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NASA Announces New Mission To Study Causes Of Solar Particle Storms, Names It 'SunRISE'

NASA selected a new mission called the Sun Radio Interferometer Space Experiment (SunRISE) to study how the Sun generates & releases giant space weather storms.


NASA has selected a new mission called the Sun Radio Interferometer Space Experiment (SunRISE) to study how the Sun generates and releases giant space weather storms, known as solar particle storms, into the planetary system. According to NASA’s official website, the information from the new mission will improve the understanding of how the solar system works. Furthermore, it will also help protect astronauts travelling to the Moon and Mars by providing better information on how the Sun’s radiation affects the space environment they travel through. 

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The new mission is an ‘array of six CubeSats’ which will be operating as one very large radio telescope. In a bid to design, build and launch the mission, NASA has awarded $62.6 million. The launch will be no earlier than July 1, 2023. 

According to the official site, Nicky Fox, the director of NASA’s Heliophysics Division, said, “We are so pleased to add a new mission to our fleet of spacecraft that help us better understand the Sun, as well as how our star influences the space environment between planets”.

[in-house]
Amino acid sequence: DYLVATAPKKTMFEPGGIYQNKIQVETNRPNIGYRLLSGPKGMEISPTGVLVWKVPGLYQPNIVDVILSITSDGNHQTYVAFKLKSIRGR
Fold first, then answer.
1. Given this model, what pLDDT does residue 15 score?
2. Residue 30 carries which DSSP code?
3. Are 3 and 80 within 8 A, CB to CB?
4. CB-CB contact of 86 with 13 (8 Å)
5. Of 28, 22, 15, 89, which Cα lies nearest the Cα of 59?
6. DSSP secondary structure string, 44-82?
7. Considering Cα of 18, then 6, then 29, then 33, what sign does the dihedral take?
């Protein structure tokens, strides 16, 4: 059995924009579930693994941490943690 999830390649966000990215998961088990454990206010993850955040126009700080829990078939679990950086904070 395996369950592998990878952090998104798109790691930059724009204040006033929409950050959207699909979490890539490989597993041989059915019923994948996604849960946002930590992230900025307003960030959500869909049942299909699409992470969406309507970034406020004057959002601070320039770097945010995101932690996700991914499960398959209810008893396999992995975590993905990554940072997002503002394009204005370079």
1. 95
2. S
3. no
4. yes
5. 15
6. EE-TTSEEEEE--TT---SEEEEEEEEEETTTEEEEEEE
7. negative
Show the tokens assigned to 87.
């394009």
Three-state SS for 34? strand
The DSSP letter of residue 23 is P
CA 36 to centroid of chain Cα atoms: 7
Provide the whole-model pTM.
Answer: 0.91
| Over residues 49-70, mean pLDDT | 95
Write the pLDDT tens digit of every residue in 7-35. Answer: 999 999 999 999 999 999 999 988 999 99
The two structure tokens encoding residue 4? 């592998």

He further said, "The more we know about how the Sun erupts with space weather events, the more we can mitigate their effects on spacecraft and astronauts”. 

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Mission to study giant space weather particle storms 

NASA website further reveals that the mission design relies on six solar-powered CubeSats to observe radio images of low-frequency emission from solar activity and share them via NASA’s Deep Space Network. The constellation of CubeSats will also fly within six miles of each other, above the Earth’s atmosphere. Furthermore, the site explains that together, the six CubeSats will create 3D maps to pinpoint where giant particle bursts originate on the Sun and how they evolve as they expand outward into space.

Thomas Zurbuchen, mission’s principal investigator, also took to Twitter to explain the mission further. 

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